Hoping for drier weather, a few weeks ago Jimbo and I went to Tentsmuir. Notice boards passed on the walk indicate that the area was so named following the shipwrecking of a Danish fleet in the 1780s when some of the sailors settled there, living in tents on the moor. This is also referred to in a booklet…Tentsmuir National Nature Reserve….Tentsmuir Time Line Trail…a landscape through time, published by Scottish Natural Heritage.

 

However, even in 1791 the parish minister was pooh-poohing stories about shipwrecked Danes, explaining that the tents used by shepherds on the muir could be seen by inhabitants of the inland part of the parish, leading them to coin the name Tentsmuir.

 

We had several targets….a first-time visit to Morton Lochs, an inspection of an old railway line, then a stroll around the coastline before returning west through the forest.

 

Morton Lochs, created in the early 1900s, soon became an important habitat for wildlife. In 1953 the area was declared a National Nature Reserve, only the second NNR in the UK. By diverting the Lead Burn, originally known as Ninewells Burn, and flooding the dune slacks (hollows) and surrounding wet lands, three lochs were created, North, South and the smaller West Loch. Signposted off the B945, map ref 464263, the car park, by an attractive stone-built arched bridge, utilises part of the double track-bed of the old railway line from Burntisland to Ferry Port on Craig, later named Tayport. The Leuchars to Tayport section was closed to passengers in January, 1956.
Go west to North Loch, then north (parallel to the hidden railway line) on the signposted footpath to Tayport. Continue past Garpit, then through Scotscraig golf course, giving consideration to golfers. To the right is the grassy railway embankment. Exit the golf course and turn right on Shanwell Road South to reach Lundin Bridge.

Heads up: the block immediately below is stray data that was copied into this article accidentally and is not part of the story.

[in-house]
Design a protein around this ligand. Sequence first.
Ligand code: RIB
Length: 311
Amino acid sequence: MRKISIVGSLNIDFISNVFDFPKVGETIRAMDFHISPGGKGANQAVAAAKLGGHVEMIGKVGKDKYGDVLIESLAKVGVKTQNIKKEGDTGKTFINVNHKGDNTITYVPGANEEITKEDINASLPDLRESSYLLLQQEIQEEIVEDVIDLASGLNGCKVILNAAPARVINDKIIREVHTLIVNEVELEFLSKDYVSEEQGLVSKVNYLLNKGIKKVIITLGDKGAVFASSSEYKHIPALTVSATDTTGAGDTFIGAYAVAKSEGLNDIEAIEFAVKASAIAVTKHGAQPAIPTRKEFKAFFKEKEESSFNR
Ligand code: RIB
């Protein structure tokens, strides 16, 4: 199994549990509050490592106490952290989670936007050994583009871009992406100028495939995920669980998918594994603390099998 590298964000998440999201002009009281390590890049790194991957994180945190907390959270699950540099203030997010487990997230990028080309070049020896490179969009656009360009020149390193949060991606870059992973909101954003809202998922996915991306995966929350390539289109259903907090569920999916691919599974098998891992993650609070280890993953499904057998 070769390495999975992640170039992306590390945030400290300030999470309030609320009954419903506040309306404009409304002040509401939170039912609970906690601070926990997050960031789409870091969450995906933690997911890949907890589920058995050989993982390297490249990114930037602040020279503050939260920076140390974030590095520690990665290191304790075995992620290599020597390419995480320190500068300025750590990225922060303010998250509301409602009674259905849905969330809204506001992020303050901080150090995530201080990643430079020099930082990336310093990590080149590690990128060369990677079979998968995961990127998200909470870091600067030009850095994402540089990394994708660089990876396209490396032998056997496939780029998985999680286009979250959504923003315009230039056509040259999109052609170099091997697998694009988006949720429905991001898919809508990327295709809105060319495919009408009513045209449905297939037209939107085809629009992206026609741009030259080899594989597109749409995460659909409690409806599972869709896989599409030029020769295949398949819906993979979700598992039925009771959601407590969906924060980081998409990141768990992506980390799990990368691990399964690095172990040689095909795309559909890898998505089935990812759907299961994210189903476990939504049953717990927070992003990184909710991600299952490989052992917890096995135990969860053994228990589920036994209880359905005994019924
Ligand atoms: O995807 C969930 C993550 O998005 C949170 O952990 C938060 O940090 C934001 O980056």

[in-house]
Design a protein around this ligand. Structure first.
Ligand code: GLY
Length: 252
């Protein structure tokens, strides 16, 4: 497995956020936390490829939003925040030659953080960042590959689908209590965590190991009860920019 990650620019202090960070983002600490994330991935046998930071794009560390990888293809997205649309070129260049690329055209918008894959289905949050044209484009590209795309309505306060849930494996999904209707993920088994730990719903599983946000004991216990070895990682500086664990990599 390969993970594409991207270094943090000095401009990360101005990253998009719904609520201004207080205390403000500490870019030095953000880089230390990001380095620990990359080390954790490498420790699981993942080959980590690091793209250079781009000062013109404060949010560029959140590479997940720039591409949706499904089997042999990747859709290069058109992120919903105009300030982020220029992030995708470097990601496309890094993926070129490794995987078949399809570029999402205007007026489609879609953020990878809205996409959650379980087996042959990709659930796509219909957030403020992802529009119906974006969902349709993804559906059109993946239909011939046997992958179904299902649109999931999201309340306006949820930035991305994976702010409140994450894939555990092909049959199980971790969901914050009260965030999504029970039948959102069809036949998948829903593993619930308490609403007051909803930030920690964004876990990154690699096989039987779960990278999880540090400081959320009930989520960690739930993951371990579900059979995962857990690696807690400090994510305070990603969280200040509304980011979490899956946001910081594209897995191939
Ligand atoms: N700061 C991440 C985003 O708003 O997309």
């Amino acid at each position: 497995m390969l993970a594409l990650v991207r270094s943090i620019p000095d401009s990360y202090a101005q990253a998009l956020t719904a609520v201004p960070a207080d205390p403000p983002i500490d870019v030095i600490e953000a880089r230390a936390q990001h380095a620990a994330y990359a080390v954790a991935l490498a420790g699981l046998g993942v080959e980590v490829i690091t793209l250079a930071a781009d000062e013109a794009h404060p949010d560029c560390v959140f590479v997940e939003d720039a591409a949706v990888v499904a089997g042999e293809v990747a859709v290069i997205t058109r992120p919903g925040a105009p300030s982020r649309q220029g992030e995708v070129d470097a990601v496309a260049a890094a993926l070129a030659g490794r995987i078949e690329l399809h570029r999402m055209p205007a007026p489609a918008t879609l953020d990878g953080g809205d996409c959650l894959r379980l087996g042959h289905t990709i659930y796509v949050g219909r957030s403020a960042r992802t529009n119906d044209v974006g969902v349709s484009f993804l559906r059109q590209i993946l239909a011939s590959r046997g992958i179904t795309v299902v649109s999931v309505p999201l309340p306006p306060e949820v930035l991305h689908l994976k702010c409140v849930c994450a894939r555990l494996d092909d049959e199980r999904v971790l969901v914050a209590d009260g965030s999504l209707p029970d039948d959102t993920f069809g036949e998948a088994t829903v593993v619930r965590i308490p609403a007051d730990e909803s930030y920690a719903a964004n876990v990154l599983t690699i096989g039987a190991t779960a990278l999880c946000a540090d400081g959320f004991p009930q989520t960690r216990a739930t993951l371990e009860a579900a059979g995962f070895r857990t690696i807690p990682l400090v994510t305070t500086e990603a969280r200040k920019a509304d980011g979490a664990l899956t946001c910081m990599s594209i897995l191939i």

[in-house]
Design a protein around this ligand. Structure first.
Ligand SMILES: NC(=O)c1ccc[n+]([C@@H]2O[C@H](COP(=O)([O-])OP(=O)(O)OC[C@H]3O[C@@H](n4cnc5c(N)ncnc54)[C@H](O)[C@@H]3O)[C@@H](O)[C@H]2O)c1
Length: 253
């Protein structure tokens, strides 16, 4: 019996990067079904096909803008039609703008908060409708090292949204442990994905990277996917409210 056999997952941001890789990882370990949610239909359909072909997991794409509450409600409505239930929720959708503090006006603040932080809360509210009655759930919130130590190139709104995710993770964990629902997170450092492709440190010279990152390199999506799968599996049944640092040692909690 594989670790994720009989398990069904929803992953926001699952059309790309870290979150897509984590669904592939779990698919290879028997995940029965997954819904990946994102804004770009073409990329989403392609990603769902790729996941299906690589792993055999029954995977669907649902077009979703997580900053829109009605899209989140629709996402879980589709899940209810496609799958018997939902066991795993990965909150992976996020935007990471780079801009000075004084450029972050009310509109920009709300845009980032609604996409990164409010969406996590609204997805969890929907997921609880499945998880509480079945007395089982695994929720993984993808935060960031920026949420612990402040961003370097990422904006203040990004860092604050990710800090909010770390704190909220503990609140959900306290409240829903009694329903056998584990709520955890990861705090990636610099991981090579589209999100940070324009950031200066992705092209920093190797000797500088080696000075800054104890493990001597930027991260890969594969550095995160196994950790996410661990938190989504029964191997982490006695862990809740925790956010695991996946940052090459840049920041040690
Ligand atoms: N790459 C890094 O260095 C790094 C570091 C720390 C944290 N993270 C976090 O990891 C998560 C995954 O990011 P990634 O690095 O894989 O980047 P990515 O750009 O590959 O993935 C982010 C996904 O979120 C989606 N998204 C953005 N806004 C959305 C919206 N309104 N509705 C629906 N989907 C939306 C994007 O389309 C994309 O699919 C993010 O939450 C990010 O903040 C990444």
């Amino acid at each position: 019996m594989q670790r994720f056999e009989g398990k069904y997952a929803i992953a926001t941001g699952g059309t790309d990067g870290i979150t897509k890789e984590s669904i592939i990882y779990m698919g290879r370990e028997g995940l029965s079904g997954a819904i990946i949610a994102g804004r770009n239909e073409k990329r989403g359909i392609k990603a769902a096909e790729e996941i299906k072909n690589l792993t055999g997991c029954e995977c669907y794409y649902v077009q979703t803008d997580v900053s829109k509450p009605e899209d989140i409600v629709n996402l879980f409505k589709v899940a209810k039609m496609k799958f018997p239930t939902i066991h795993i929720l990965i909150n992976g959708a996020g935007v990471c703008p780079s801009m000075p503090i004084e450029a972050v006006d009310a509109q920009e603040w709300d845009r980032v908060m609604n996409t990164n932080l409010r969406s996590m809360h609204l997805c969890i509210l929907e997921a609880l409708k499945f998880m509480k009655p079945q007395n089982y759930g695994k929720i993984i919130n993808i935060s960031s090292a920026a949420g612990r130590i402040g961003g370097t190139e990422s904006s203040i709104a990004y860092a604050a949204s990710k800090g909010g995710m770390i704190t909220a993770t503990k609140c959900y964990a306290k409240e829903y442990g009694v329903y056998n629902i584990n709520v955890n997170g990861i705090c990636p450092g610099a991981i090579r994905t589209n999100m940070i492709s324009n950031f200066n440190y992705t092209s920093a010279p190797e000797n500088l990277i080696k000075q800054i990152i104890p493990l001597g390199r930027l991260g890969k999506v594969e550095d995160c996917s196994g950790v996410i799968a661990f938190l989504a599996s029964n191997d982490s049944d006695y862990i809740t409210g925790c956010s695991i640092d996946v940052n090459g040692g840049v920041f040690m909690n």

Continue east along the Tay foreshore, a pedestrian access to Tentsmuir. Pass by the line of large concrete blocks, constructed in 1941 by Polish troops as defence against enemy tank landings. At this point we experienced a hailstorm, then the heavens opened. Luckily shelter was on hand at one of the old lookout points and by the afternoon we enjoyed blue skies.

 

Do not enter the Reserve; stay by the shoreline. On our day the tide was well out and the vast expanse of exposed firm sand made for easy, delightful walking. Further on, follow the mapped path by the edge of the trees to a signpost, Tentsmuir Point, a National Nature Reserve. Jutting out are the Abertay Sands where the Tay, disgorging more water than any other river in Britain, meets the sea`s currents and tides. The resultant sediment helps form the Sands` glistening curves and channels, only fully revealed at the lowest of tides, the best time to go. Purely by chance, we had such a day. We were lucky enough to see a sand bank covered at one end by over 100 grey seals.

 

The seals and the many species of birds that use the area are vulnerable to disturbances. Do not let dogs roam off the lead.
The land around the Point is constantly moving and changing, making it one of the fastest growing parts of Scotland and one of the most dynamic coastlines. The line of concrete blocks, marking the high water line of the 1940s, is by now well inland.

 

Continue curving round the coastline on a grassy path. Look out for a green corrugated hut on concrete legs, map ref 504267, not readily apparent at first, from where a sandy track leads into the forest to the Icehouse. Built around 1852, this stone building was used to store ice within its thick dark walls; ice to preserve locally caught salmon before shipping the fish south. Nowadays it is home to a colony of Natterer`s bats.
Turn right (north) up the broad track, then left at Junction 5, map ref 499272, signposted Morton Lochs 2¾ miles. Continue south-east, curving left past another sign, 1¼ miles to go, then soon turn right on a smaller track, signposted 1 mile to go. Reach a junction just north of Fetterdale and head west, north, then south-east. Confusingly, these last few junctions have no signs pointing the way back to the car park.

 

Map Ordnance: Survey map 59, St Andrews
Distance: 7 miles
Height: negligible
Terrain: paths, sandy shore and forest tracks
Start point: Morton Loch`s car park, signposted off the B945, map ref 464263
Time: 4 hours
Nearest town: Tayport
Refreshment spot: Harbour Community Café, Broad Street, Tayport